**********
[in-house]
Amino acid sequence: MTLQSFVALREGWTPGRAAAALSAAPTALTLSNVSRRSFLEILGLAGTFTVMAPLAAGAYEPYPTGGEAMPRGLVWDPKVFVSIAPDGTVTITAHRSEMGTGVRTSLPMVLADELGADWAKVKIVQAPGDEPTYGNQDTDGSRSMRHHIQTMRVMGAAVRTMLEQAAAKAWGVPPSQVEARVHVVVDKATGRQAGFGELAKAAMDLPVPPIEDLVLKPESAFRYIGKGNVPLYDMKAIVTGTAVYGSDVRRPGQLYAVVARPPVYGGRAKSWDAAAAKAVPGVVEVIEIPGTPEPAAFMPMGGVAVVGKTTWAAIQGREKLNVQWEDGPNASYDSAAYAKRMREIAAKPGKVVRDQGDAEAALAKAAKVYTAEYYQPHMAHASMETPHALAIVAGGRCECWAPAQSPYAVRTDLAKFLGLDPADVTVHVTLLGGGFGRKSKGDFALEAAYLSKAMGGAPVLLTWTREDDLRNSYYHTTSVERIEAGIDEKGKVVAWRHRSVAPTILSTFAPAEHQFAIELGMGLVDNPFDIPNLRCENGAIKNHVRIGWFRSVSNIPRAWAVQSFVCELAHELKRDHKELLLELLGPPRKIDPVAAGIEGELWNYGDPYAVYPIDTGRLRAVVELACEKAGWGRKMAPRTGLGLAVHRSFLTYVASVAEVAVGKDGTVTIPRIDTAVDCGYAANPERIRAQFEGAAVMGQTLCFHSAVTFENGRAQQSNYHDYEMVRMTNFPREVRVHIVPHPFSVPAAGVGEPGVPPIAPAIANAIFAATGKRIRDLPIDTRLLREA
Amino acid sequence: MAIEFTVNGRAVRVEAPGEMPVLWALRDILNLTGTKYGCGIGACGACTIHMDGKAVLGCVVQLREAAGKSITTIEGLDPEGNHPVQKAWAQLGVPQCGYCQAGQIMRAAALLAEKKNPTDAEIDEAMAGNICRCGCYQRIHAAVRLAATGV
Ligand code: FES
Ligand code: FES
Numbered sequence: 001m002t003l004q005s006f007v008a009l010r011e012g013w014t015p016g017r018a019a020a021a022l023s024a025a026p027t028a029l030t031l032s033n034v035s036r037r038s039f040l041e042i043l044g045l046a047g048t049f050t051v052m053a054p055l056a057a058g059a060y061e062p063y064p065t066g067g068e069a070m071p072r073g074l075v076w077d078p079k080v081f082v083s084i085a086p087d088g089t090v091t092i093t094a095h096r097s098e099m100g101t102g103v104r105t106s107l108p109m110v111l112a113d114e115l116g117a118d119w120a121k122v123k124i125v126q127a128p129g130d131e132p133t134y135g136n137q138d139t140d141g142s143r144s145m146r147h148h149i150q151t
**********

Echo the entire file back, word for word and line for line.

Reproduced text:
[in-house]
Amino acid sequence: MTLQSFVALREGWTPGRAAAALSAAPTALTLSNVSRRSFLEILGLAGTFTVMAPLAAGAYEPYPTGGEAMPRGLVWDPKVFVSIAPDGTVTITAHRSEMGTGVRTSLPMVLADELGADWAKVKIVQAPGDEPTYGNQDTDGSRSMRHHIQTMRVMGAAVRTMLEQAAAKAWGVPPSQVEARVHVVVDKATGRQAGFGELAKAAMDLPVPPIEDLVLKPESAFRYIGKGNVPLYDMKAIVTGTAVYGSDVRRPGQLYAVVARPPVYGGRAKSWDAAAAKAVPGVVEVIEIPGTPEPAAFMPMGGVAVVGKTTWAAIQGREKLNVQWEDGPNASYDSAAYAKRMREIAAKPGKVVRDQGDAEAALAKAAKVYTAEYYQPHMAHASMETPHALAIVAGGRCECWAPAQSPYAVRTDLAKFLGLDPADVTVHVTLLGGGFGRKSKGDFALEAAYLSKAMGGAPVLLTWTREDDLRNSYYHTTSVERIEAGIDEKGKVVAWRHRSVAPTILSTFAPAEHQFAIELGMGLVDNPFDIPNLRCENGAIKNHVRIGWFRSVSNIPRAWAVQSFVCELAHELKRDHKELLLELLGPPRKIDPVAAGIEGELWNYGDPYAVYPIDTGRLRAVVELACEKAGWGRKMAPRTGLGLAVHRSFLTYVASVAEVAVGKDGTVTIPRIDTAVDCGYAANPERIRAQFEGAAVMGQTLCFHSAVTFENGRAQQSNYHDYEMVRMTNFPREVRVHIVPHPFSVPAAGVGEPGVPPIAPAIANAIFAATGKRIRDLPIDTRLLREA
Amino acid sequence: MAIEFTVNGRAVRVEAPGEMPVLWALRDILNLTGTKYGCGIGACGACTIHMDGKAVLGCVVQLREAAGKSITTIEGLDPEGNHPVQKAWAQLGVPQCGYCQAGQIMRAAALLAEKKNPTDAEIDEAMAGNICRCGCYQRIHAAVRLAATGV
Ligand code: FES
Ligand code: FES
Numbered sequence: 001m002t003l004q005s006f007v008a009l010r011e012g013w014t015p016g017r018a019a020a021a022l023s024a025a026p027t028a029l030t031l032s033n034v035s036r037r038s039f040l041e042i043l044g045l046a047g048t049f050t051v052m053a054p055l056a057a058g059a060y061e062p063y064p065t066g067g068e069a070m071p072r073g074l075v076w077d078p079k080v081f082v083s084i085a086p087d088g089t090v091t092i093t094a095h096r097s098e099m100g101t102g103v104r105t106s107l108p109m110v111l112a113d114e115l116g117a118d119w120a121k122v123k124i125v126q127a128p129g130d131e132p133t134y135g136n137q138d139t140d141g142s143r144s145m146r147h148h149i150q151t